L’Shanah Tovah (Happy New Year!)

L’Shanah Tovah! Happy New Year to all who celebrate Rosh Hashanah!

It was the Jewish New Year on Monday October 3rd, but it hasn’t felt like a celebration to me in years. I grew up in a Conservative Synagogue and I associate synagogues and Hebrew services with solemnity and pretending to be Jewish enough for these holy days.

But this year I attended services through Mishkan Chicago. Mishkan believes:

“that when we gather together, where ever we are on our journeys as Jews and as citizens of the world, we create meaningful connections- with ourselves, with others, with Jewish wisdom and with God. That’s what Mishkan is all about.”

300x300This is Judaism in the world, as I’ve never experienced before. There were people of all ages, and different races, and a multitude of other invisible aspects of diversity in attendance. For the first time I felt I could own my Jewish identity, and not just because there was a rainbow flag on the wall. Nobody had to say “you’re included”; it was all through peoples’ actions.

I think a lot about the Jewish narrative that says Jews are victims. My Hebrew School education and family education taught me that Jews must always live in fear and watch our backs because we are Other no matter where we live and therefore unsafe. On one level, history has shown centuries of pogroms, and massacres and torture and conversion of Jews. But Ashkenazi Jews (Jews of European descent) must also content with our current history as oppressors of Palestinians as well as discrimination and erasure of Jews of color. Previous synagogues I attended would discuss standing with Black Lives Matter (and take action to stand with Black Lives Matter), but would not even open the discussion of standing with Palestine. I struggle with my Jewish heritage and reconciling being both victim and perpetrator while having no one to talk to about these issues.

The Rabbi at Mishkan put into words all my thoughts and contradictions about Judaism, victimhood and our place in standing for justice for all people. Her analysis of the Torah portion is that when Sarah gives birth to Isaac and demands Abraham discard his second wife, Hagar, and her son Ishmael, Sarah acts out of fear and insecurity. Sarah does not act justly and neither does Abraham in turning Hagar and Ishmael out. The Rabbi’s interpretation of the text is that this insecurity is the same insecurity that allows Jews today to create an apartheid state in Israel. It is our fear of being victims that drive us to victimize others. It wasn’t right with Sarah and Abraham and it isn’t right today.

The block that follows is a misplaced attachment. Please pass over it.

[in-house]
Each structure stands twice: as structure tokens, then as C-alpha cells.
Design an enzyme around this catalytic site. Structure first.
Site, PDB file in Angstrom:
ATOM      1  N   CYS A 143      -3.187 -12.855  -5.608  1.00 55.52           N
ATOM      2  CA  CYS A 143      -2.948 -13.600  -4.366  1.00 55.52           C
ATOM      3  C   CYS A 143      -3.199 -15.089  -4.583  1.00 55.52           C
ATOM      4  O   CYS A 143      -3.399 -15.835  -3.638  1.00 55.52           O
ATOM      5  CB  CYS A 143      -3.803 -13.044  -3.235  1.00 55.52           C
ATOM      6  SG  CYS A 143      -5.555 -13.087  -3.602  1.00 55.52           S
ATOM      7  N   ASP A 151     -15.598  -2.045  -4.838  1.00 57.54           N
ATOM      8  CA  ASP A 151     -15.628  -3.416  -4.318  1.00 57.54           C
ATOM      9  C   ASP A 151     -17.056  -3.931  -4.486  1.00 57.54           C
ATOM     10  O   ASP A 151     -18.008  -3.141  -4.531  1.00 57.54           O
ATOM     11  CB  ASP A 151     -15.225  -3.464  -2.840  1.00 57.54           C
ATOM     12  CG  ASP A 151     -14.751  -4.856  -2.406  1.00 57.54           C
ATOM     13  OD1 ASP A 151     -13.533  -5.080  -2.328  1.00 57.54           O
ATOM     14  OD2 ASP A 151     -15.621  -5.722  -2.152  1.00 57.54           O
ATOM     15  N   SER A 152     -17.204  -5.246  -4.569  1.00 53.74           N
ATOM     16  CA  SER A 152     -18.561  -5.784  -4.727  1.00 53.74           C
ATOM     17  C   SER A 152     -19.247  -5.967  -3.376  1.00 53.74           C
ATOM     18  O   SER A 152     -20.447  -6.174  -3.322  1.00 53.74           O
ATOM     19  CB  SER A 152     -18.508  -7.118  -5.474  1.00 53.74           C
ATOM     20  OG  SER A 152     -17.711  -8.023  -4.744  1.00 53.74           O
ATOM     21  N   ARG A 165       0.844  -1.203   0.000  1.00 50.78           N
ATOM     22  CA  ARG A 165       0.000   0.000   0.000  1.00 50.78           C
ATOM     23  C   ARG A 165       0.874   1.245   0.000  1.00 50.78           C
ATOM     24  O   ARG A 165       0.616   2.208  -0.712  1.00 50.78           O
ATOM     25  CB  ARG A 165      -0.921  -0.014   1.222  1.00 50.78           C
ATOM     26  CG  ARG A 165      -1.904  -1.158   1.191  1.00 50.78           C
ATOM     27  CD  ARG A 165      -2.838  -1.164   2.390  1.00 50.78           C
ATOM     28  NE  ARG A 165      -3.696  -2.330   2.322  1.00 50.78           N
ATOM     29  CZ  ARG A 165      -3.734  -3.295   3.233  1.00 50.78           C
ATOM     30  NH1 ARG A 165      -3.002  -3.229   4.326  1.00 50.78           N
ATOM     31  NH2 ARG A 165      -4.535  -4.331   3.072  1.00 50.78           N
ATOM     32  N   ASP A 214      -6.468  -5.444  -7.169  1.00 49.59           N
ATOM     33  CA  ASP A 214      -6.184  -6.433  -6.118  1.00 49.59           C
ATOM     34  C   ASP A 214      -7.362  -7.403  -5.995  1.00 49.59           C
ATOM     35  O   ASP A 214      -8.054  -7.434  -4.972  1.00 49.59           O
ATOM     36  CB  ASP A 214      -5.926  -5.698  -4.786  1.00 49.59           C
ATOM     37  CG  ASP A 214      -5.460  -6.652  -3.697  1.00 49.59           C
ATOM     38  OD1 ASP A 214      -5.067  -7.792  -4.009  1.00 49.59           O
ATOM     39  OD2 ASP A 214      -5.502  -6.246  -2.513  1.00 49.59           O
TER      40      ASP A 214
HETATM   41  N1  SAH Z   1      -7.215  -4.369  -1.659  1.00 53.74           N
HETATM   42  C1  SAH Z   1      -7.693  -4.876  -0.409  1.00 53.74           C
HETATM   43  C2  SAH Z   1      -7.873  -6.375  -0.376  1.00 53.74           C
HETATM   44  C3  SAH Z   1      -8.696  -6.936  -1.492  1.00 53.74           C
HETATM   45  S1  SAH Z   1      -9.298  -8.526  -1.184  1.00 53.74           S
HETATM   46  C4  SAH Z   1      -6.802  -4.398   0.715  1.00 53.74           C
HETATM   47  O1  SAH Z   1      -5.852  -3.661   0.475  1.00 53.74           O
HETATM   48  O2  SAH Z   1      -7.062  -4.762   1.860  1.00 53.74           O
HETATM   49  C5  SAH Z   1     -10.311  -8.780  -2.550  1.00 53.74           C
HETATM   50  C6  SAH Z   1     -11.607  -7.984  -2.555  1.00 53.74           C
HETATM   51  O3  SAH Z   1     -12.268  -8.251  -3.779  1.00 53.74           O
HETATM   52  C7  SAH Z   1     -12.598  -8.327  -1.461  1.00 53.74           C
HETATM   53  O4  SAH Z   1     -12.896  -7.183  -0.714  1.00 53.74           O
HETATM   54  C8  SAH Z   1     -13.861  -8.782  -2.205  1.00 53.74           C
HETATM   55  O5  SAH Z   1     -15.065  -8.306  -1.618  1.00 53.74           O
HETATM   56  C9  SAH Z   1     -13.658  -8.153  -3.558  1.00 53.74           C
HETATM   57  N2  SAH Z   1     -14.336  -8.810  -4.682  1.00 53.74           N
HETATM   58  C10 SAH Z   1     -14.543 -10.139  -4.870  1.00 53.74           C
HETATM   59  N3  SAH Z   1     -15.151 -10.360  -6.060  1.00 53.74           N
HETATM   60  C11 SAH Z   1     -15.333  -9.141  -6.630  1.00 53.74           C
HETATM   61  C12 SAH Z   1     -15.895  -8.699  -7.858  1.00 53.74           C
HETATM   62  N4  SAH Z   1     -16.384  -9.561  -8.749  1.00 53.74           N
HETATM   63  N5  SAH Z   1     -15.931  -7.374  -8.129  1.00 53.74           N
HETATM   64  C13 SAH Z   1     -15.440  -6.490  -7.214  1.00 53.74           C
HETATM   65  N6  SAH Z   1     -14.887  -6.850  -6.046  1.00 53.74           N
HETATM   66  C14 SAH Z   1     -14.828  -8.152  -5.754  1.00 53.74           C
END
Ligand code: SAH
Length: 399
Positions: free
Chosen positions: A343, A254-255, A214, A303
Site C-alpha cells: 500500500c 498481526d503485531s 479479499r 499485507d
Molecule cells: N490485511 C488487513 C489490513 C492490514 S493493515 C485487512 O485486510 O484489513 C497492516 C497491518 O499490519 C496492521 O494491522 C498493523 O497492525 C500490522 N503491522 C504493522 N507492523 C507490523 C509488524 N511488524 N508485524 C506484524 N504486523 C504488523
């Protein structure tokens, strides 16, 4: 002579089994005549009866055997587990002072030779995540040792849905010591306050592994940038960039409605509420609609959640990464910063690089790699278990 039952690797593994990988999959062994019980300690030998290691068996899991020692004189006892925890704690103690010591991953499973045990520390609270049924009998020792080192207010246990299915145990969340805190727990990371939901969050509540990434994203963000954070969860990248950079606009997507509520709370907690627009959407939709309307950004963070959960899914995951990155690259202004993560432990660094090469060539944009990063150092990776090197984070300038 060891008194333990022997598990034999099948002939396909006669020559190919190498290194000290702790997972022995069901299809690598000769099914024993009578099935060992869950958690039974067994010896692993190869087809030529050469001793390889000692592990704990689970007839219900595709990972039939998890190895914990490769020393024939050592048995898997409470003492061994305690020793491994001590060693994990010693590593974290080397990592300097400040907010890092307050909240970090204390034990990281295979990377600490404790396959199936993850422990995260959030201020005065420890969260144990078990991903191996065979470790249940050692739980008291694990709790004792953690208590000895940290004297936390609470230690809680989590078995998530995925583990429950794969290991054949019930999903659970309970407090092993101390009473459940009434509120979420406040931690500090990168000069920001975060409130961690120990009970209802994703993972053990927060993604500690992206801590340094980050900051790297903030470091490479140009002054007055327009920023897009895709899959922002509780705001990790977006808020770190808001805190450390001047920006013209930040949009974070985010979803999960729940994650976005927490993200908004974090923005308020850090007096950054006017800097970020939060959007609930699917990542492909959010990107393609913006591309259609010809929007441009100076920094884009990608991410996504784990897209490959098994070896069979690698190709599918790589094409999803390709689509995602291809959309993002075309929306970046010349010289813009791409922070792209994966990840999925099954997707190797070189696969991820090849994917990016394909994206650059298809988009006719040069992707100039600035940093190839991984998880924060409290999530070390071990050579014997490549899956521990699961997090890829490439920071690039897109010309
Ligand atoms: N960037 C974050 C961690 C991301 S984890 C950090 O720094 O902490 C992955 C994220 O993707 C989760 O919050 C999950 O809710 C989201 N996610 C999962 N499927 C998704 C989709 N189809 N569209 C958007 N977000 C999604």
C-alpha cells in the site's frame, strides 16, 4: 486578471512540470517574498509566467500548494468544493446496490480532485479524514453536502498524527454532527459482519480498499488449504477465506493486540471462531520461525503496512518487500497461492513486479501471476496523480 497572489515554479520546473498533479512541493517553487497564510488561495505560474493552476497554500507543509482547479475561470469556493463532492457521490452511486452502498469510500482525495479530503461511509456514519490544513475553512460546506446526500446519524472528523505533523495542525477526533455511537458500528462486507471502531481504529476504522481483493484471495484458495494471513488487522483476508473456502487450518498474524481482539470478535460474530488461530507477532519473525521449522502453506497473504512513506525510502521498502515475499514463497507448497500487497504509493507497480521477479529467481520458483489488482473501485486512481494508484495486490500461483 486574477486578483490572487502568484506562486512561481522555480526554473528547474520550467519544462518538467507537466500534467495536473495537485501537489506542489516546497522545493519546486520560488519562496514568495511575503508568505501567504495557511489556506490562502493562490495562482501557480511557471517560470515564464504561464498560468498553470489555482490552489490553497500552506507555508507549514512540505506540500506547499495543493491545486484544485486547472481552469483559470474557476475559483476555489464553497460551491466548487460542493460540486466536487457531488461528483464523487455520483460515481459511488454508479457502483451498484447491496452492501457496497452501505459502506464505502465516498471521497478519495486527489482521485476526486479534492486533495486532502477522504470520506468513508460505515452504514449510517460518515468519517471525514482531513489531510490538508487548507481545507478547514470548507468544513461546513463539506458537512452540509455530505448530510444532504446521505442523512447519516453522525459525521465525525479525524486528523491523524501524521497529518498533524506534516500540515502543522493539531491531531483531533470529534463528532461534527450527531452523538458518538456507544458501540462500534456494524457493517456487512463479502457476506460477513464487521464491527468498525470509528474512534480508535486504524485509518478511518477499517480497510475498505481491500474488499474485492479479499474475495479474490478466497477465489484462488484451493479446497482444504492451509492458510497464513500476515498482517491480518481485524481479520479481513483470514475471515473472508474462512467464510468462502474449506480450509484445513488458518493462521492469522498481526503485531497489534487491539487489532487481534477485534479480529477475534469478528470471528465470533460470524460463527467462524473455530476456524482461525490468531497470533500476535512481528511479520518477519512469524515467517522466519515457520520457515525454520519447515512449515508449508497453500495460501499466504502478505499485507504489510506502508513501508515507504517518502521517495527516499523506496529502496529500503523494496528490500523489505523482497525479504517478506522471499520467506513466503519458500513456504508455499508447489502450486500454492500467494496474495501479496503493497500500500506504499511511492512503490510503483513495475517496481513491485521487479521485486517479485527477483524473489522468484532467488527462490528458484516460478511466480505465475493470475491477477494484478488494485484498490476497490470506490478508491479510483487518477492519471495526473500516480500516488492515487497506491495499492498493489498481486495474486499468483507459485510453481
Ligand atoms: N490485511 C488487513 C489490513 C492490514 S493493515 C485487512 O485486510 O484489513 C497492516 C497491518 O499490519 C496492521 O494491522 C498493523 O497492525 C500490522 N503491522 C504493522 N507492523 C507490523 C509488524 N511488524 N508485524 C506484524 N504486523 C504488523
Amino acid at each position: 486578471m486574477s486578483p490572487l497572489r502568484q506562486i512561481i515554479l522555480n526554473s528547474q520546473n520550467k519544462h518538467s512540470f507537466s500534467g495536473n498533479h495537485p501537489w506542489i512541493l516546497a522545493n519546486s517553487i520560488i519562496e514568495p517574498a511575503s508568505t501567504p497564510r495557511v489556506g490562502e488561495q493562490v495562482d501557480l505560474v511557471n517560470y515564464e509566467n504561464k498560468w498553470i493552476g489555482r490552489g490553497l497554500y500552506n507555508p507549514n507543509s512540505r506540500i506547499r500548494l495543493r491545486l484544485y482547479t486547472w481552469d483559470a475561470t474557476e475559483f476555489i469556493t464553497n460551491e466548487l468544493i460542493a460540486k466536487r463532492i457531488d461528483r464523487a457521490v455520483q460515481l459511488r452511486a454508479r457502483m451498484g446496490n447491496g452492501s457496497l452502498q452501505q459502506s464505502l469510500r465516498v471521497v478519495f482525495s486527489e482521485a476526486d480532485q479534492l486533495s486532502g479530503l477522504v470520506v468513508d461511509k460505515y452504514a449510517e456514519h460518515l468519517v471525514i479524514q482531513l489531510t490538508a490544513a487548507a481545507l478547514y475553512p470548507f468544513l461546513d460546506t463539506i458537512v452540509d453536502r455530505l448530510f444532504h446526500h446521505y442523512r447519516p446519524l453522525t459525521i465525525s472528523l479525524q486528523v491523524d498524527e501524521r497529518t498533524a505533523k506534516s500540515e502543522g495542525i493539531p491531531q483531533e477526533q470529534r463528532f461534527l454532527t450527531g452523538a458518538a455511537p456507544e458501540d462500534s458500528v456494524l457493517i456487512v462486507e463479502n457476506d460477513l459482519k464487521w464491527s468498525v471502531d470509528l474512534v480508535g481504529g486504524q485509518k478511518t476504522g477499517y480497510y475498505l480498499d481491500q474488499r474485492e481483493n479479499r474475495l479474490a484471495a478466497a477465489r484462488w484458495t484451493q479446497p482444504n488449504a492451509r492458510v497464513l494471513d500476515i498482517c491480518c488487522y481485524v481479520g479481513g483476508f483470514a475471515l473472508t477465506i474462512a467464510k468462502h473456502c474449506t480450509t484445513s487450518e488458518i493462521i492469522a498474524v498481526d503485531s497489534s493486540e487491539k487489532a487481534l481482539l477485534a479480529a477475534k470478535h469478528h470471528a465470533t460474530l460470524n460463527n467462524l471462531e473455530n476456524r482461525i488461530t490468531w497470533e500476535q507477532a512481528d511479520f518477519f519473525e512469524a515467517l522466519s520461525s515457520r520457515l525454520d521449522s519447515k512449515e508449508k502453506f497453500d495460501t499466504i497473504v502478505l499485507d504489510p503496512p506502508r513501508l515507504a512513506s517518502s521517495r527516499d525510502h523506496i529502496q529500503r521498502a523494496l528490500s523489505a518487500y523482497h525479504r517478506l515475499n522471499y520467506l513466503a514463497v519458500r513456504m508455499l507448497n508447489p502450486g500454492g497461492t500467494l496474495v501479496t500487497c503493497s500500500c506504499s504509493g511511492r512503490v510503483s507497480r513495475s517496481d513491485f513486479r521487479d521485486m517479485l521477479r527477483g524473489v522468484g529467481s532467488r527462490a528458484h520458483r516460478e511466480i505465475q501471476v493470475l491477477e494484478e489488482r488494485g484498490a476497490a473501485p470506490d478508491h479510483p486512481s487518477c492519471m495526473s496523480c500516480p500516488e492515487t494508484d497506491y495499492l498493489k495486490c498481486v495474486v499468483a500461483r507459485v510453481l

Yes, Jewish history is full of persecution. Our main narratives are “we were slaves in Egypt” and “we are survivors of the Holocaust.” Yet, we are so much more. We are people in the world with varying degrees of power and privilege, but a responsibility to lift others up. We’re not responsible because we’re Jews, but because we’re humans. For me, being a Jew means standing for justice. It means have been victimized (and some of us still are) but I will do what I can to ensure no one else goes through the same experiences.

Attending services at Mishkan reminded me that when I joke about one day becoming a Rabbi, it’s not actually such a joke. I hope to one day stand on the bema and be that welcoming, that inclusive and that truthful about Judaism and all its contradictions.

 

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Advice for White Allies

I don’t know what to say about the deaths of Alton Sterling and Philando Castille. I don’t know what to say that will not be repeating platitudes that their deaths must be mourned, that these are not isolated incidents. Castille was the 561st death at the hands of police this year, according to The Guardian’s “The Counted” project.